Regime change

The spoken word is different from the written word. When we are speaking, we only have the “editor” in our heads to assist us. We all make mistakes and say things we regret.

Preparation, of course, can help us prevent these spoken errors. A word mixup by a member of Congress at a hearing, for example, is less forgivable than one in a phone conversation. Politicians are supposed to be eloquent and prepared. They have speechwriters, consultants and interns at their beck and call to reduce the chance that they will slip up.

That brings us to Rep. Virginia Foxx of North Carolina. She was on the House panel this week that questioned pitcher Roger Clemens about steroids. In fawning remarks that drew criticism from ESPN and others, Foxx asked Clemens:

Mr. Clemens, maybe you’d like to talk about your regime and how hard you work?

The word Foxx wanted was “regimen.” Here’s a typical definition:

A regimen is a plan, a regulated course such as a diet, exercise or treatment, designed to give a good result.

A regime can be lots of things. It usually refers to an authoritarian government, not exercise. In the age of “regime change,” is it too much to ask our leaders to know the difference?

UPDATE: As reflected in the comments to this post, some people don’t agree with me on this one. Similar disagreements have come up in discussions of “sanction” and “rumor.”

I decided to take “regime” and “regimen” to the AP’s Ask the Stylebook site. Here’s the response: “Regimen normally describes a course of treatment or a period of training or schooling. Regime is a synonym for a political system.”



  1. I hate to be in a position to defend Rep. Foxx, you’re too much of a stickler here.

    The term “exercise regime” has been accepted by a number of standard English language reference texts for years.

    The term is used widely in the United Kingdom, where apparently people allow others to use regime and regimen interchangably to mean “a regular pattern of exercise or activity.”

    exercise. Roget’s New Millennium™ Thesaurus, First Edition (v 1.3.1). Lexico Publishing Group, LLC. (accessed: February 15, 2008).

  2. In that thesaurus link, be sure to read all the entries, particularly the one near their end, labeled “aerobic.”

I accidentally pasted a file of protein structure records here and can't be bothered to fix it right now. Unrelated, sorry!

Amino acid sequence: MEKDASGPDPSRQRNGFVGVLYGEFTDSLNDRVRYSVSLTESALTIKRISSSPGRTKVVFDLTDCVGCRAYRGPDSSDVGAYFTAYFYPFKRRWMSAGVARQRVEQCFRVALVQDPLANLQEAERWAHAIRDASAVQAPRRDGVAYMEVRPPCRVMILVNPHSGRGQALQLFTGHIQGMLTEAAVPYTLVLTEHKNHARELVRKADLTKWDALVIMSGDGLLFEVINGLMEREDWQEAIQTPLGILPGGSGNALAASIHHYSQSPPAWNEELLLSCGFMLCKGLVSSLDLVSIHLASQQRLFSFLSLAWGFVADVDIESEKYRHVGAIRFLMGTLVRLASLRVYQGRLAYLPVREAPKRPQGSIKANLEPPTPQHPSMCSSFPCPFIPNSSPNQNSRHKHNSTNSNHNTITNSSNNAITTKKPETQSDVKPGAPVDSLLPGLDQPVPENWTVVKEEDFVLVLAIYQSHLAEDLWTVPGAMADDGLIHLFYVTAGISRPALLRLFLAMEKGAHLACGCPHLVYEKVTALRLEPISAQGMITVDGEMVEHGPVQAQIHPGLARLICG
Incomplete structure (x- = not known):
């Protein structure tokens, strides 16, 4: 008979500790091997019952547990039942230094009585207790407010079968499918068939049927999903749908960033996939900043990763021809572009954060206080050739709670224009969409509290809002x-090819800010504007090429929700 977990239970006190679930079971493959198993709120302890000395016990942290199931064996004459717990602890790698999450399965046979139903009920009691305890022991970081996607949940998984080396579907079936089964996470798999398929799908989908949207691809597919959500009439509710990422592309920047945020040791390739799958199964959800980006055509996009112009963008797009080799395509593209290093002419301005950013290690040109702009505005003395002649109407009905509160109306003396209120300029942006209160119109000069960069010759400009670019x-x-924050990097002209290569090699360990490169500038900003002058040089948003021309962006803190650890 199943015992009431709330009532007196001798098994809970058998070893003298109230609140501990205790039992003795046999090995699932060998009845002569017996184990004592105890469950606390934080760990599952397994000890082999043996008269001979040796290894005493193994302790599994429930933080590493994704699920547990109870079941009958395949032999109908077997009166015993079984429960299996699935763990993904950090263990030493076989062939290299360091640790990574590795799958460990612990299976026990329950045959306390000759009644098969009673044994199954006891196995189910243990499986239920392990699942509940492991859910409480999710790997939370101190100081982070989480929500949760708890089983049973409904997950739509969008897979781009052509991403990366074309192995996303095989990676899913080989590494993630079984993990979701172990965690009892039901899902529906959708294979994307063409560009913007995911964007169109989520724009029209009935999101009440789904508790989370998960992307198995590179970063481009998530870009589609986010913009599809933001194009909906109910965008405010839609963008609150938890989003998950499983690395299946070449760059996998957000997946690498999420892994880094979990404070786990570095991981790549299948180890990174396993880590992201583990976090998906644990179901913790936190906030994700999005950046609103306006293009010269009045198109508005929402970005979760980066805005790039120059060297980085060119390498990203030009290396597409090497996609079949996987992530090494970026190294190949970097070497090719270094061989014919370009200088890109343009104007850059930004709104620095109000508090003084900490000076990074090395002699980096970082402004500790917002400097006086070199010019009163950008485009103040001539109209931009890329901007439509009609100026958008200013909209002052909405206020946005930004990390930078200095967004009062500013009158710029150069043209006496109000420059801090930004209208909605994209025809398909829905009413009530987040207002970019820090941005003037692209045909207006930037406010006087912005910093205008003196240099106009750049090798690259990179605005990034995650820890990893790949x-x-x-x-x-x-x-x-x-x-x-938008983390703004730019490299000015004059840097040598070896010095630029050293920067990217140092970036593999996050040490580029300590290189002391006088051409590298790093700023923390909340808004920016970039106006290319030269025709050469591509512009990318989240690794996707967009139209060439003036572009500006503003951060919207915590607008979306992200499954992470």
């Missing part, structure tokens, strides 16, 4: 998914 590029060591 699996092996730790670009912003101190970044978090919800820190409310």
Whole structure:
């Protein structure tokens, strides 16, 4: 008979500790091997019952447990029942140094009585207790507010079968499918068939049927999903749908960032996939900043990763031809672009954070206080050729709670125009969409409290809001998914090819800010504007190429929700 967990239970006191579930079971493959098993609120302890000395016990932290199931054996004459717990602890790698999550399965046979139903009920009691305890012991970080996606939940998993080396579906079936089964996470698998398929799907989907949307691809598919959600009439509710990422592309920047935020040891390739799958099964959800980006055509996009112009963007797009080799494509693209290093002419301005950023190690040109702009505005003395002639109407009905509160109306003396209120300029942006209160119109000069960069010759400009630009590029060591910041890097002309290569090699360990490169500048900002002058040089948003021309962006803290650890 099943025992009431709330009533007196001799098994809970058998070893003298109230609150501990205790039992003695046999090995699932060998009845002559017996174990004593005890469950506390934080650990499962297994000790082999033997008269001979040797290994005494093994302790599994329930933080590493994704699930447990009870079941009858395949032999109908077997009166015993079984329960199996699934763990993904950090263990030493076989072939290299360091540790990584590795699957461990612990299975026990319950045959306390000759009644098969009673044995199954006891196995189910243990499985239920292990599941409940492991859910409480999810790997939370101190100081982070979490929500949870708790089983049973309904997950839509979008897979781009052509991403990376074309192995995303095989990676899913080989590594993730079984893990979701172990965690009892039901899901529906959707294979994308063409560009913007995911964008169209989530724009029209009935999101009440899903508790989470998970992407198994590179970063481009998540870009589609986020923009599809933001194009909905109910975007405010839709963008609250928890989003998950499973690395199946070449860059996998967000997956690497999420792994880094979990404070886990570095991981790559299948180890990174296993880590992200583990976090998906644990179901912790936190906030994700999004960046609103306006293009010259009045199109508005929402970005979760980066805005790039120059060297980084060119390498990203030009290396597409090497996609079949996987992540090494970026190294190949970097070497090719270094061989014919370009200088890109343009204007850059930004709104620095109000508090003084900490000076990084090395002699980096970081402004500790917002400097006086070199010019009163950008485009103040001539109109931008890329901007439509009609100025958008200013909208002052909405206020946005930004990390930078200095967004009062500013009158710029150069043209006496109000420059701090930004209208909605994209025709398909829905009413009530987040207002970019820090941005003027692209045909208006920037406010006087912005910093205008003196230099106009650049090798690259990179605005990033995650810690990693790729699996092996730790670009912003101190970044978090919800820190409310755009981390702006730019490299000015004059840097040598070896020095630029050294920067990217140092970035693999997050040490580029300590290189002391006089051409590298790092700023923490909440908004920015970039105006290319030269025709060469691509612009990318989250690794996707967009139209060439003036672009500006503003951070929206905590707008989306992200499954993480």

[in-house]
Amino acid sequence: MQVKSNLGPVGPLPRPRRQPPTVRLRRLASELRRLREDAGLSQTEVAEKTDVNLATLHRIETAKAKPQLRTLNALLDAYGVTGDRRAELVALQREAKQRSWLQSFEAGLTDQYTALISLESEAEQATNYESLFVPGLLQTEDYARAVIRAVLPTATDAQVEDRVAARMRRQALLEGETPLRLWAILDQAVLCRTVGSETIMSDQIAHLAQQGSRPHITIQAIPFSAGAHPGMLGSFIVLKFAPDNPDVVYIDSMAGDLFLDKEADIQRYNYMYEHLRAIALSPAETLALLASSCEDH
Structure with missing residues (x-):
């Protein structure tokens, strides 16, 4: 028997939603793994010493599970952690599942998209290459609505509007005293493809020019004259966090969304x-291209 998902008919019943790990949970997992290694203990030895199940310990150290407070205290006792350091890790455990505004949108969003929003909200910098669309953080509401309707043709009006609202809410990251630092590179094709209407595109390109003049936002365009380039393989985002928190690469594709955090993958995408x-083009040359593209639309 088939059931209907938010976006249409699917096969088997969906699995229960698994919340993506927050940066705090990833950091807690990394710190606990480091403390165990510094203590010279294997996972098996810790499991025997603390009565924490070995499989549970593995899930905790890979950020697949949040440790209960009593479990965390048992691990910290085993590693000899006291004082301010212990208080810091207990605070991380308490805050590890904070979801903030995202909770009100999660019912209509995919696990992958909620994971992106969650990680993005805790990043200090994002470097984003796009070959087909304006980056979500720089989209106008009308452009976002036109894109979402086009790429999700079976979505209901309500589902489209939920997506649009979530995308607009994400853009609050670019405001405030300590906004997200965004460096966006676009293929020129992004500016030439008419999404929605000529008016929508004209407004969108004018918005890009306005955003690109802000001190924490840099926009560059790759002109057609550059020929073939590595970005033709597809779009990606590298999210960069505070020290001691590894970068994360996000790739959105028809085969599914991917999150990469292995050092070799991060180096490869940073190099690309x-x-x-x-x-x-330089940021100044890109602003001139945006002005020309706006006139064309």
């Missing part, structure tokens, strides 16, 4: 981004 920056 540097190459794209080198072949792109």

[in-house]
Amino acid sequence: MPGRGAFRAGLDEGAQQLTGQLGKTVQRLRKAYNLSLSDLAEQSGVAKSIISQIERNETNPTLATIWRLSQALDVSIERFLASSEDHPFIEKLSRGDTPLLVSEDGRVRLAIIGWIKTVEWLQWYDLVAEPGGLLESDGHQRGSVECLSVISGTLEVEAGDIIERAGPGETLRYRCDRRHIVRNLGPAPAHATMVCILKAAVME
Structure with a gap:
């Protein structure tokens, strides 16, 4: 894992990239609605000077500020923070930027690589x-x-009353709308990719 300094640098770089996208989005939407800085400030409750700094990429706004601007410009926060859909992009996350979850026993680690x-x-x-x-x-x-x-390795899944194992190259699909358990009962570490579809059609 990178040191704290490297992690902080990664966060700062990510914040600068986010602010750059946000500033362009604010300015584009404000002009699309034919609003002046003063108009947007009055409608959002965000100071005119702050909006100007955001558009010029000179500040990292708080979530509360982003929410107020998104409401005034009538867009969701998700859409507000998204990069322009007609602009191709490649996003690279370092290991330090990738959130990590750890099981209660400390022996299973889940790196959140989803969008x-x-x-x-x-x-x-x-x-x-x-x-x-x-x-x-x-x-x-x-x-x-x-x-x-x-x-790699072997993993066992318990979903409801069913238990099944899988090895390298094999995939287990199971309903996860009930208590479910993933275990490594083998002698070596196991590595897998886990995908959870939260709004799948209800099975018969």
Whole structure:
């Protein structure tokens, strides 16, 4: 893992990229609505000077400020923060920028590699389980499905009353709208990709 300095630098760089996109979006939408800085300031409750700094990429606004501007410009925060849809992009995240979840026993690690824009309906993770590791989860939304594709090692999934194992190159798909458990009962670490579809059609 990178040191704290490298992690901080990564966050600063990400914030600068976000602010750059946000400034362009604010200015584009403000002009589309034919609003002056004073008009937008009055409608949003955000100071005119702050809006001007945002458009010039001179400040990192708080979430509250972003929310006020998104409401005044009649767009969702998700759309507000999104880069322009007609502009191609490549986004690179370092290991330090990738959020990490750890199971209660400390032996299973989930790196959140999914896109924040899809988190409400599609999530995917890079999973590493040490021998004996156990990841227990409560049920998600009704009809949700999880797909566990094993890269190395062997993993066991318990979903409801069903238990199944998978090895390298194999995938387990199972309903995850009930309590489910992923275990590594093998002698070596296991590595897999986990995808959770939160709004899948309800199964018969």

There, you’ll see clear reference to “exercise regime.”

  3. Here are some references to standard English dictionaries that define “regime” as “a regulated system, as of diet and exercise; a regimen.”

    All of these are listed definitions for the word “regime:”

    -“a regulated system, as of diet and exercise; a regimen”
    The American Heritage® Dictionary of the English Language
    —Fourth Edition. Houghton Mifflin Company, 2004. 15 Feb. 2008.

    -“A regulated system, as of diet and exercise; a regimen.”
    The American Heritage® Stedman’s Medical Dictionary.
    —Houghton Mifflin Company. 15 Feb. 2008.

    -“The word regime (occasionally spelled “régime”, particularly in older texts) refers to a set of conditions, most often of a political nature. However, it may also be used synonymously, for example in the phrases “exercise regime” or “medical regime.”
    Wikipedia, the free encyclopedia. via

    -“1a. Regimen”
    Merriam-Webster’s Online Dictionary
    (Note: In this dictionary, the fifth definition is “a form of government.”)

    -“3a. A regimen.”
    The Cambridge Advanced Learner’s Dictionary

    I believe these citations prove that your original blog post is in error regarding how the word “regime” is “usually defined.”

  4. Thanks, Anonymous. I’ll stick with the post as is.

    I am aware that some dictionaries include the definitions that you cite. But others, particularly in the United States, do not. My copy of Webster’s New World Dictionary is one of those that does not.

    Also, keep in mind that the dictionary and thesaurus are descriptive resources, not prescriptive. (And the thesaurus isn’t known for its precision.) The AP Stylebook, which is prescriptive, has no regime/regimen entry to guide us, but maybe it should.

    For all that, I’ll admit to some stickling here. Foxx’s choice of words isn’t ideal, but it’s not as bad as misspelling “governor” as “governer” when you’re running for governor.

  5. I gotta agree with the prof here. Using “regime” in this way is odd.

    I checked a couple of dictionaries, and the top listings have nothing to do with exercise. For example:
    1. a mode or system of rule or government: a dictatorial regime.
    2. a ruling or prevailing system.
    3. a government in power.
    4. the period during which a particular government or ruling system is in power.

  6. You agree that some dictionaries cite “regime” as a synonym for regimen.
    You note that “but others … do not.”
    So, are you saying when there are appears to be a diversity of opinion on word usage, you always win?
    I would think that when some dictionaries cite the usage and others do not, the matter of usage is open, not closed.

    A logical, and a generous mind, would allow for such a usage if but one reputable source agreed.